The new building of the UAE special needs centre is still half-built four years after it was due to open because of a shortage of funds.
Four years on, Dubai Autism Centre is still half-built
DUBAI // A desperately needed centre for children with autism is only half-built, more than four years after it was due to open.
Now the organisation building it is calling for Dh25 million in donations - of cash, building supplies and fixtures - to enable it to complete the job and alleviate the shortage of special-needs education.
Work on the Dubai Autism Centre's new premises began in 2007 on land in Garhoud that was donated by Sheikh Mohammed bin Rashid, Vice President and the Ruler of Dubai. Sheikh Mohammed also provided substantial funding.
The building was due to be completed in 2008 but work slipped years behind schedule because of difficulties in raising funds.
The existing centre, near 2nd of December Street, has room for only 44 children and relies entirely on donations, not just for the new building but for all of its activities.
"The new building will be able to absorb 250 children," Hayula Mourad, the centre's head of communications, said recently. "Currently we have more than 270 on the waiting list.
"We will be able to do two sessions - a morning session and an afternoon programme - so as to accommodate as many children as we can."
Autism is a developmental disorder that affects children's social and communication skills. One of every 110 children worldwide is affected.
The centre has produced a book for potential donors, which includes a list of a wide range of building materials needed.
They include building blocks, roofing tiles, wash basins, doors, air-conditioning units and paint.
The book, entitled Invest in the Future of Children Diagnosed with Autism, contains a site plan submitted to Dubai Municipality that lists the "owner of title" as the Dubai Autism Centre. The completion date for building is given as August 16, 2008 "as per contract".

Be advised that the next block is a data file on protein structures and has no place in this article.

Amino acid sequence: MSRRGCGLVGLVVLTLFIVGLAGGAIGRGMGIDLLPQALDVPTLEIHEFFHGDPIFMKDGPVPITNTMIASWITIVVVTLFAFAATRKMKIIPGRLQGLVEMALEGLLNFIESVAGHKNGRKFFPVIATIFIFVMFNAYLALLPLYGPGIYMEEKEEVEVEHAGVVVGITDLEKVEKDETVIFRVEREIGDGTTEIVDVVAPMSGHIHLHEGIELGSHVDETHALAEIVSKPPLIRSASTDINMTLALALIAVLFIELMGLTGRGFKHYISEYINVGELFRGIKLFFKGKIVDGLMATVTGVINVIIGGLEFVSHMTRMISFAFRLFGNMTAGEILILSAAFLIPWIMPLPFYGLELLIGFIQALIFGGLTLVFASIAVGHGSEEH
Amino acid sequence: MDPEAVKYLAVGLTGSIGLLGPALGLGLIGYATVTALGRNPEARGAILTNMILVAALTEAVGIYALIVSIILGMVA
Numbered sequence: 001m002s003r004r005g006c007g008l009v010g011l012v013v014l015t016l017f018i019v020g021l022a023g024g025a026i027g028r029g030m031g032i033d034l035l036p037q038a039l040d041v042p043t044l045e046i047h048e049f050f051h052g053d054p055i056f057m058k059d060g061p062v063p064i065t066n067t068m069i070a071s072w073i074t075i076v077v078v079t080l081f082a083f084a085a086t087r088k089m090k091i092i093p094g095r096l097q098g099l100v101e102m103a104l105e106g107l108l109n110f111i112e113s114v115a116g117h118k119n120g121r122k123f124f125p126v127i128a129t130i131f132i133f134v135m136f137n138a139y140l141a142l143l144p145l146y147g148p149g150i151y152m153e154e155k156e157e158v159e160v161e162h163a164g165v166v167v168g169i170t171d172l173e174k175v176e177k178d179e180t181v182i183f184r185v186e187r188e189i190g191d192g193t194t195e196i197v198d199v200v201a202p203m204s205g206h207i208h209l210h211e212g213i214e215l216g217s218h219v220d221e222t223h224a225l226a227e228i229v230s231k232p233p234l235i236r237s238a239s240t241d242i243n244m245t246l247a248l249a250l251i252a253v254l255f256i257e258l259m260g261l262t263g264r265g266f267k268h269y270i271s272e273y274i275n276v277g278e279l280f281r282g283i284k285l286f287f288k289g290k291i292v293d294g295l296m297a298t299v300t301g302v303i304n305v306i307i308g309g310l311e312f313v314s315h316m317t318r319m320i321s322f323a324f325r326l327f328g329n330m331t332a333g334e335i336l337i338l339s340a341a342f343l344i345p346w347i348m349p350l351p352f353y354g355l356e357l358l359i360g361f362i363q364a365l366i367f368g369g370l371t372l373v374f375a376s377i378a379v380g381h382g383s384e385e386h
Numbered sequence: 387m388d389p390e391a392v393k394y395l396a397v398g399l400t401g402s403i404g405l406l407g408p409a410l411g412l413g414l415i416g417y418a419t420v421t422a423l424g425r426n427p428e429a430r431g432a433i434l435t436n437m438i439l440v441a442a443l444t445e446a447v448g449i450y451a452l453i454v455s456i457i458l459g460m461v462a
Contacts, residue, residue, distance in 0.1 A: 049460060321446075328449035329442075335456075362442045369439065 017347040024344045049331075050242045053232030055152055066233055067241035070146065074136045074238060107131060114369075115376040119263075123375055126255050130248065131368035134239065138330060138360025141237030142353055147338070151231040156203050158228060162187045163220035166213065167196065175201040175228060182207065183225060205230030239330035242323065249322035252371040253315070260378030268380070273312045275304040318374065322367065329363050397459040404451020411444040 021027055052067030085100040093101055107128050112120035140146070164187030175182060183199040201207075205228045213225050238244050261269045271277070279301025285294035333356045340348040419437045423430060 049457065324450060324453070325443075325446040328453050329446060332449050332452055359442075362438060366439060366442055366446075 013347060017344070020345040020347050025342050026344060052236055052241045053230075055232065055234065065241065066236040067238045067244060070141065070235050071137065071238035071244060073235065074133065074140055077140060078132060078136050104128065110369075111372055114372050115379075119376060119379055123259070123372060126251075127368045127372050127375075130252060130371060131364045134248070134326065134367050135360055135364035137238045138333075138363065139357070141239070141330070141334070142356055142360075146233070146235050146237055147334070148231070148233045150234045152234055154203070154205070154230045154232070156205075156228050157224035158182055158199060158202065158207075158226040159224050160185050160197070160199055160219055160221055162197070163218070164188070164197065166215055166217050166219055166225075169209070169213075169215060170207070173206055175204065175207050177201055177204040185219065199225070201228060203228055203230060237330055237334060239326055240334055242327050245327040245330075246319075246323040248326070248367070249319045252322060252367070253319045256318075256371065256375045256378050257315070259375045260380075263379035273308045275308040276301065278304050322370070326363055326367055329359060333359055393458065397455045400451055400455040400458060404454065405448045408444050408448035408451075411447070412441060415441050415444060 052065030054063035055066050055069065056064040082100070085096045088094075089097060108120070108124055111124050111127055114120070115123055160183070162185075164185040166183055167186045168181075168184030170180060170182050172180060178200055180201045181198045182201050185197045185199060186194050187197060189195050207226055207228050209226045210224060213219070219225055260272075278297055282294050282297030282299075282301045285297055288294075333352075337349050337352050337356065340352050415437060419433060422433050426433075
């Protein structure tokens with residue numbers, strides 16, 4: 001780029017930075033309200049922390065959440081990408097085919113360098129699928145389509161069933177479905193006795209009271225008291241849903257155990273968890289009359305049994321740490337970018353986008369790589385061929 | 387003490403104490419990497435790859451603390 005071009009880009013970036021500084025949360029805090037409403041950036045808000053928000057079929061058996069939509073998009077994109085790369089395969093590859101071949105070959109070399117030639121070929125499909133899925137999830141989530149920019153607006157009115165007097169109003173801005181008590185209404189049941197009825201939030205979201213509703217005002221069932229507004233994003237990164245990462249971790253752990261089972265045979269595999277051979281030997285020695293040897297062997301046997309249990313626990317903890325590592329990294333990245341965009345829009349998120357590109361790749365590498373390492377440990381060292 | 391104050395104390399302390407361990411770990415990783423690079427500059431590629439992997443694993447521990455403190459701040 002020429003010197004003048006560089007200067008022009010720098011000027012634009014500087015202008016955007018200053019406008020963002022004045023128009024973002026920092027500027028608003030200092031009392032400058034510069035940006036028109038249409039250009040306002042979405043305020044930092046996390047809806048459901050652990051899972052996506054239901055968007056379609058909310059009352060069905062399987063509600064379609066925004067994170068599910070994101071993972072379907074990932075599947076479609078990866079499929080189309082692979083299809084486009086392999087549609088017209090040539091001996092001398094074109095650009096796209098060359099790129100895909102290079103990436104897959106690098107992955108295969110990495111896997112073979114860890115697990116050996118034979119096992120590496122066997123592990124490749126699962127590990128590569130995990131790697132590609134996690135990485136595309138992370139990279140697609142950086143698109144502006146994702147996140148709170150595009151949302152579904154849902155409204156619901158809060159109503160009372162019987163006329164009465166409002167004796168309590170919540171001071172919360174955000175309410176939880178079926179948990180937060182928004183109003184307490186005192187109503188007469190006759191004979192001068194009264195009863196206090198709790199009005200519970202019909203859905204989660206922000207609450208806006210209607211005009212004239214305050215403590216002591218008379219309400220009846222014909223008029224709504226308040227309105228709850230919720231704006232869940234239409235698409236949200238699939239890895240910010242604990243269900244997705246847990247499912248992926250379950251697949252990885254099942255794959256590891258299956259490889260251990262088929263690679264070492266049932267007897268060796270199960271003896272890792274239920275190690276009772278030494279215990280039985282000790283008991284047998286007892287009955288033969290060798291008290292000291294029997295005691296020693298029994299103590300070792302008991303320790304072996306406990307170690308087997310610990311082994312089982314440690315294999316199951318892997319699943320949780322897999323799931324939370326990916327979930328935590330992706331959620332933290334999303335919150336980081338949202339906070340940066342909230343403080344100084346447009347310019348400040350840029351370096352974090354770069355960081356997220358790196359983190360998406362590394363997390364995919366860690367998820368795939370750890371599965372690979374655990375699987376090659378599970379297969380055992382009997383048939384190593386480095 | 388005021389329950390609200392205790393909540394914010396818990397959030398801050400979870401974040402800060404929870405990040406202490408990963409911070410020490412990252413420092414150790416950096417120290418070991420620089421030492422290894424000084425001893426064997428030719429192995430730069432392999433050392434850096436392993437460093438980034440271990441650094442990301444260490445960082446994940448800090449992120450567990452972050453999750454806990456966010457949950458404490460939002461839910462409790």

But a look at the site showed a bare concrete shell of the large two-storey building, with a yellow crane rising above it.
Steel reinforcing bars jutted out from the tops of support columns. There was little sign of activity, although at least one workman was on the site.
The centre's long waiting list highlights the acute shortage of such facilities in the UAE.
A special-needs school in Abu Dhabi closed last February and some of the parents whose children went there have still not been able to find other places.
Connie Tjenderesa, whose daughter Clivenne, 8, attended the school, has only just managed to find a place for her.
"We don't have any options here in Abu Dhabi, it's very frustrating," she said. "Clivenne was not receiving any education and it was very worrying. I know two friends of hers who still cannot get into a school."
A Dubai father who has a nine-year-old daughter with special needs said: "If there are parents with children with needs and they're still waiting for services then something should be done to provide them.
"There should be some sort of alternative support rather than trying to wait for a centre to come about. There are so many schools here in Dubai, privately operated and well funded, that could be providing these necessary services.
"I don't think this should be the sole responsibility of one centre."
He said the lack of facilities was widespread across the region.
"There are so many expats I know who have either left the region or turned down jobs in the region because they couldn't find the proper educational resources for their children," the father said.
Dubai Autism Centre declined to answer questions about the new building.